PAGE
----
When the Going Gets Tough… Monitoring Missions and a Changing Conflict Environment in Sri Lanka, 2002–2008
2015 (English)In: Small Wars & Insurgencies, ISSN 0959-2318, E-ISSN 1743-9558, Vol. 26, no 5, 836-860 p.Article in journal (Refereed) Published
This article analyzes how the conflict environment in which a civilian monitoring mission is deployed influences the monitors' assessment of the operation. It draws on unique empirical material from the experience of the Sri Lanka Monitoring Mission (SLMM), deployed to oversee a ceasefire agreement in Sri Lanka 2002–2008. With material from a survey and in-depth interviews, experiences of the monitors are analyzed and changes over time are traced in relation to the monitors' assessment of the mandate and organizational set-up of the mission. The study points to the difficulty of monitoring missions to address escalation during an ongoing peace process. Its function is dependent on the goodwill of the parties. In essence, monitoring missions have the potential to strengthen peace when there is momentum in favor of progress, but when relations between the parties turn sour and the conflict escalates a civilian monitoring mission basically loses its potential. During the final stages of the war, which saw a very large number of civilian casualties, the war-torn areas were closed to international observers. Moreover, international pressure for a short-term ceasefire to alleviate the humanitarian situation was dismissed by the Sri Lankan government, which also saw the backing of several important actors, not the least China.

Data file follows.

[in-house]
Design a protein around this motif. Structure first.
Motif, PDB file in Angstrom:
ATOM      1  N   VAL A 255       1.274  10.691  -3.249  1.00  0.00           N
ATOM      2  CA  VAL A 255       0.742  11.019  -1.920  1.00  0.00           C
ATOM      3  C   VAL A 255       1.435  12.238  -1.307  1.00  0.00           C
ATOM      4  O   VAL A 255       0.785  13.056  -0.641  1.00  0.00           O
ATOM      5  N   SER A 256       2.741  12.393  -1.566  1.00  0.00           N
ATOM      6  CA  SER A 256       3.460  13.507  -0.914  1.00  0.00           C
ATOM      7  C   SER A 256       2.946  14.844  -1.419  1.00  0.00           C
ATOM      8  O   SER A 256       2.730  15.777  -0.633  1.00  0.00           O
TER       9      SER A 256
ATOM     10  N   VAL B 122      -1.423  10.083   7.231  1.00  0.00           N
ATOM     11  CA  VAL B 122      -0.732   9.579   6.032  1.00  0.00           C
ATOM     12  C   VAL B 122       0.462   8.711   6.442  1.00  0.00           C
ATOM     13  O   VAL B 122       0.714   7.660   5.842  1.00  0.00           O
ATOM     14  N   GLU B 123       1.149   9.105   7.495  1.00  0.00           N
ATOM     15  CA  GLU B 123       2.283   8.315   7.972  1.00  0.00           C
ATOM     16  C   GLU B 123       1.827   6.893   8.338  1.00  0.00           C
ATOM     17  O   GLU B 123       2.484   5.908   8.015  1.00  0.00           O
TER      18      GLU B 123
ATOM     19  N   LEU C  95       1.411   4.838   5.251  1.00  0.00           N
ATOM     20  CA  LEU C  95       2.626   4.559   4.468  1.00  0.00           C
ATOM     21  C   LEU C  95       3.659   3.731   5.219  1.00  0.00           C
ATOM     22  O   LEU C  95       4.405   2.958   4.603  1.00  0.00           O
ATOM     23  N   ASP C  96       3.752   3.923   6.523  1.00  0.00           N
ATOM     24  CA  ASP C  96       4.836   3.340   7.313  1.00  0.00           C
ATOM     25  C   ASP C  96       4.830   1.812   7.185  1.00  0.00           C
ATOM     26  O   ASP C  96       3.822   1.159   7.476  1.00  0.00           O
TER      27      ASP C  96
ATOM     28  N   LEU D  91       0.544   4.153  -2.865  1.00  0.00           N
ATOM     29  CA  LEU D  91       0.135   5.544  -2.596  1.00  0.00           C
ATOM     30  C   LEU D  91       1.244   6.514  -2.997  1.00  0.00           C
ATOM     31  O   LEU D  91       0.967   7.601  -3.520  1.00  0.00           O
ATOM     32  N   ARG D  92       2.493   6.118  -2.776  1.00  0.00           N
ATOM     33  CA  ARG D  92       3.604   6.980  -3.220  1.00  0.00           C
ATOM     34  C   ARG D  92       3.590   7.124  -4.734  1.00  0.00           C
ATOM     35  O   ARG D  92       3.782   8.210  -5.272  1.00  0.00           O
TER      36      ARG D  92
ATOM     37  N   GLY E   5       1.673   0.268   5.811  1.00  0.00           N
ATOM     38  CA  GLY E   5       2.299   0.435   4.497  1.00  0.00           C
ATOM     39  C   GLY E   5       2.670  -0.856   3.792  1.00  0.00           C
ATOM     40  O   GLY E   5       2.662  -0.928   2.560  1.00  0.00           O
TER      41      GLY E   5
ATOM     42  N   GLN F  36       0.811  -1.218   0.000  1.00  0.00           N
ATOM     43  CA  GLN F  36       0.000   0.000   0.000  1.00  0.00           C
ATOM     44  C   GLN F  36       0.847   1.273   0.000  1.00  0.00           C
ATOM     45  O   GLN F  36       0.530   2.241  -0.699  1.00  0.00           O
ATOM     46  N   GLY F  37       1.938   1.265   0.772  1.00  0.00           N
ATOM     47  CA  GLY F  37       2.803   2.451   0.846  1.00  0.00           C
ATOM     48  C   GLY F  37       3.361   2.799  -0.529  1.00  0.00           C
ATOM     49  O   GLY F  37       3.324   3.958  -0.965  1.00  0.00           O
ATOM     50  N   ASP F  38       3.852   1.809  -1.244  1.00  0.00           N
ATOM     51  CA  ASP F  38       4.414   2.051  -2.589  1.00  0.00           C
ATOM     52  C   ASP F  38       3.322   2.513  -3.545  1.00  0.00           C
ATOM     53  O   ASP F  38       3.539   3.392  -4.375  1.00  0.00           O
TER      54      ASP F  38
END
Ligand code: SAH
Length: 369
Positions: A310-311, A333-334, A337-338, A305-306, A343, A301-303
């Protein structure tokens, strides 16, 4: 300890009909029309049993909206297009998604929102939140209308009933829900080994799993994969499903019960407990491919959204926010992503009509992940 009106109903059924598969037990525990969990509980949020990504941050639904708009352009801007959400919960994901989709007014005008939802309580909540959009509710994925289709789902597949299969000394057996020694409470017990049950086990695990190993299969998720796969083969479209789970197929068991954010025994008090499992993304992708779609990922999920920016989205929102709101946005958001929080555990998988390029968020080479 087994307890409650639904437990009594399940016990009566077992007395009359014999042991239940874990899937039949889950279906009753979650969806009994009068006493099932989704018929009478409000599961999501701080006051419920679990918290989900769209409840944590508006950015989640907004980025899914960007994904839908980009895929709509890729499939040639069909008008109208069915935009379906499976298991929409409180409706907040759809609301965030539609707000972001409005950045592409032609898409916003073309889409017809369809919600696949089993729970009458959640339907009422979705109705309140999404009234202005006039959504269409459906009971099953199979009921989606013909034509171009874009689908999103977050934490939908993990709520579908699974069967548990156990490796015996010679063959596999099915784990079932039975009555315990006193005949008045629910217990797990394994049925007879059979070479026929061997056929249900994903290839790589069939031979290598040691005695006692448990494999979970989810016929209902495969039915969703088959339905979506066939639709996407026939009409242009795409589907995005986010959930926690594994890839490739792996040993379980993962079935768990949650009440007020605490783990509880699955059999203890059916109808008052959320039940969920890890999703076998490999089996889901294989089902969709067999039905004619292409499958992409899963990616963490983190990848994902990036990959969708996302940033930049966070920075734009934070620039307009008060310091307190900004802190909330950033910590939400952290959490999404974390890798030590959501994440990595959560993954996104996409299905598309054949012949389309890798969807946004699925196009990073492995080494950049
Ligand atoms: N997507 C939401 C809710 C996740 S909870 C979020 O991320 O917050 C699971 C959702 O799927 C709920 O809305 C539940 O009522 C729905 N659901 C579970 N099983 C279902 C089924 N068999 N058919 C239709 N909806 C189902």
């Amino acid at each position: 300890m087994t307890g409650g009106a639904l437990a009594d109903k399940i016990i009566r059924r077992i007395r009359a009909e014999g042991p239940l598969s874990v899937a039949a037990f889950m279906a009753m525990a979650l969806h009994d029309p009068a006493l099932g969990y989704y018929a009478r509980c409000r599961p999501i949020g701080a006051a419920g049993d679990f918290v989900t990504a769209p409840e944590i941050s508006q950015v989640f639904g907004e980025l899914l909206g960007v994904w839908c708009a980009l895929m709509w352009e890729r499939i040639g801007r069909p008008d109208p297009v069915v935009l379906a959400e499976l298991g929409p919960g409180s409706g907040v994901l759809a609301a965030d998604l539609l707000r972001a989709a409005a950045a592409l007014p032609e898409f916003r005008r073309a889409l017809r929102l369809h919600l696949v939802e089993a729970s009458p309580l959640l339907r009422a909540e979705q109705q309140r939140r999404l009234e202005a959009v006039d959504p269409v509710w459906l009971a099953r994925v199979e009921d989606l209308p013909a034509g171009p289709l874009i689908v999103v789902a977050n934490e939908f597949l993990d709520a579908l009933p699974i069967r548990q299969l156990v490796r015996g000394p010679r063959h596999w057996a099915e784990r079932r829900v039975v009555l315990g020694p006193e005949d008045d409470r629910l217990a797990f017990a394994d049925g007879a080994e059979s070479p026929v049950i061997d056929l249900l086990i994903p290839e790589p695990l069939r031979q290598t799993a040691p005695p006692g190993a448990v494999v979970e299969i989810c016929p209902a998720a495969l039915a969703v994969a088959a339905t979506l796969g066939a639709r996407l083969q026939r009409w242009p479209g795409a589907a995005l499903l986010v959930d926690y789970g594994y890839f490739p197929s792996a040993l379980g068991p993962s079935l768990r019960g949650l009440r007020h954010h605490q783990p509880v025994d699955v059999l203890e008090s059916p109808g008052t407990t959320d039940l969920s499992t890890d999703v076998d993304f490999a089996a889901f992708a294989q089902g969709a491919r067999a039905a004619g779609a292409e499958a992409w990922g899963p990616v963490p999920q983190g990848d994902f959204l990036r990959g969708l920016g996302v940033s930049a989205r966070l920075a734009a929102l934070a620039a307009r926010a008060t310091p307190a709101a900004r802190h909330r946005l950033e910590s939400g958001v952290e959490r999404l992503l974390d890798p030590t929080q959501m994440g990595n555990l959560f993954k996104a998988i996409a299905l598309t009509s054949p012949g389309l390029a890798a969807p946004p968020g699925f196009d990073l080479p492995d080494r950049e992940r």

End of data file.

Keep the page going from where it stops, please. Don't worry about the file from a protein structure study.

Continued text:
Place, publisher, year, edition, pages
Abingdon, Oxon: Routledge, 2015. Vol. 26, no 5, 836-860 p.
Sri Lanka, peace operations, monitoring, SLMM, peace, conflict
Political Science Social Sciences Interdisciplinary
Research subject Peace and Conflict Research
IdentifiersURN: urn:nbn:se:uu:diva-267755DOI: 10.1080/09592318.2015.1072319ISI: 000364382900006OAI: oai:DiVA.org:uu-267755DiVA: diva2:874182
FunderSida - Swedish International Development Cooperation Agency